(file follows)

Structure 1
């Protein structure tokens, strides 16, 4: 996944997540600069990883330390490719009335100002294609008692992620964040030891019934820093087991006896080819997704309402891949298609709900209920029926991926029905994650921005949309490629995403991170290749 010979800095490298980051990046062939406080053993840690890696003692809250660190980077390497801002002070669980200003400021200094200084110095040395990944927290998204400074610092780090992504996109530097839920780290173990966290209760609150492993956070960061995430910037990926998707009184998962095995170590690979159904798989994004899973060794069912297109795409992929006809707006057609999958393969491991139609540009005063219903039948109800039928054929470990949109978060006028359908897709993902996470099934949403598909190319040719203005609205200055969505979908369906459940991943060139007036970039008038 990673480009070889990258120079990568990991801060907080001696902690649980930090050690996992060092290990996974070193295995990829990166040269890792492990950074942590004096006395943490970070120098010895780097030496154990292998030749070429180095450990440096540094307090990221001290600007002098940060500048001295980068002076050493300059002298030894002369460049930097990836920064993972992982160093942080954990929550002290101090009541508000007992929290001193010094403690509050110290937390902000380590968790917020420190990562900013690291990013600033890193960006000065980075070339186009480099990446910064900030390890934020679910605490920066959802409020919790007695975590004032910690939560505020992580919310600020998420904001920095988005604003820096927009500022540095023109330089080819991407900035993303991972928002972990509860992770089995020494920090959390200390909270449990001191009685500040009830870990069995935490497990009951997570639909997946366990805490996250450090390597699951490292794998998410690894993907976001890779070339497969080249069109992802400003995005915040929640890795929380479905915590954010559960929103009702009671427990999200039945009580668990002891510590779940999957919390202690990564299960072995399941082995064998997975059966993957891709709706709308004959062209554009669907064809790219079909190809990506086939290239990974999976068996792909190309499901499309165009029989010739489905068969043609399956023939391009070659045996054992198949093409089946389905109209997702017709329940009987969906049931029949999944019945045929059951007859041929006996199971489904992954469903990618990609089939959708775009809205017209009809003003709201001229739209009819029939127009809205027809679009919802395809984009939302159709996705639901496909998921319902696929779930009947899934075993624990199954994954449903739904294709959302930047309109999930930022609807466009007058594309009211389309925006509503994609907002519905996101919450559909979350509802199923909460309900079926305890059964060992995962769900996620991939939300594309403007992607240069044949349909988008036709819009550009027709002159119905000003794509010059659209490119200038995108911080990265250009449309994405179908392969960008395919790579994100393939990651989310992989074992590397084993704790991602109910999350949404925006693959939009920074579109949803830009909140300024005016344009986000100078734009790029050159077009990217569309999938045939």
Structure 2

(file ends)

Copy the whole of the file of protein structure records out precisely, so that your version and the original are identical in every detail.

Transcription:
Structure 1
């Protein structure tokens, strides 16, 4: 996944997540600069990883330390490719009335100002294609008692992620964040030891019934820093087991006896080819997704309402891949298609709900209920029926991926029905994650921005949309490629995403991170290749 010979800095490298980051990046062939406080053993840690890696003692809250660190980077390497801002002070669980200003400021200094200084110095040395990944927290998204400074610092780090992504996109530097839920780290173990966290209760609150492993956070960061995430910037990926998707009184998962095995170590690979159904798989994004899973060794069912297109795409992929006809707006057609999958393969491991139609540009005063219903039948109800039928054929470990949109978060006028359908897709993902996470099934949403598909190319040719203005609205200055969505979908369906459940991943060139007036970039008038 990673480009070889990258120079990568990991801060907080001696902690649980930090050690996992060092290990996974070193295995990829990166040269890792492990950074942590004096006395943490970070120098010895780097030496154990292998030749070429180095450990440096540094307090990221001290600007002098940060500048001295980068002076050493300059002298030894002369460049930097990836920064993972992982160093942080954990929550002290101090009541508000007992929290001193010094403690509050110290937390902000380590968790917020420190990562900013690291990013600033890193960006000065980075070339186009480099990446910064900030390890934020679910605490920066959802409020919790007695975590004032910690939560505020992580919310600020998420904001920095988005604003820096927009500022540095023109330089080819991407900035993303991972928002972990509860992770089995020494920090959390200390909270449990001191009685500040009830870990069995935490497990009951997570639909997946366990805490996250450090390597699951490292794998998410690894993907976001890779070339497969080249069109992802400003995005915040929640890795929380479905915590954010559960929103009702009671427990999200039945009580668990002891510590779940999957919390202690990564299960072995399941082995064998997975059966993957891709709706709308004959062209554009669907064809790219079909190809990506086939290239990974999976068996792909190309499901499309165009029989010739489905068969043609399956023939391009070659045996054992198949093409089946389905109209997702017709329940009987969906049931029949999944019945045929059951007859041929006996199971489904992954469903990618990609089939959708775009809205017209009809003003709201001229739209009819029939127009809205027809679009919802395809984009939302159709996705639901496909998921319902696929779930009947899934075993624990199954994954449903739904294709959302930047309109999930930022609807466009007058594309009211389309925006509503994609907002519905996101919450559909979350509802199923909460309900079926305890059964060992995962769900996620991939939300594309403007992607240069044949349909988008036709819009550009027709002159119905000003794509010059659209490119200038995108911080990265250009449309994405179908392969960008395919790579994100393939990651989310992989074992590397084993704790991602109910999350949404925006693959939009920074579109949803830009909140300024005016344009986000100078734009790029050159077009990217569309999938045939």
Structure 2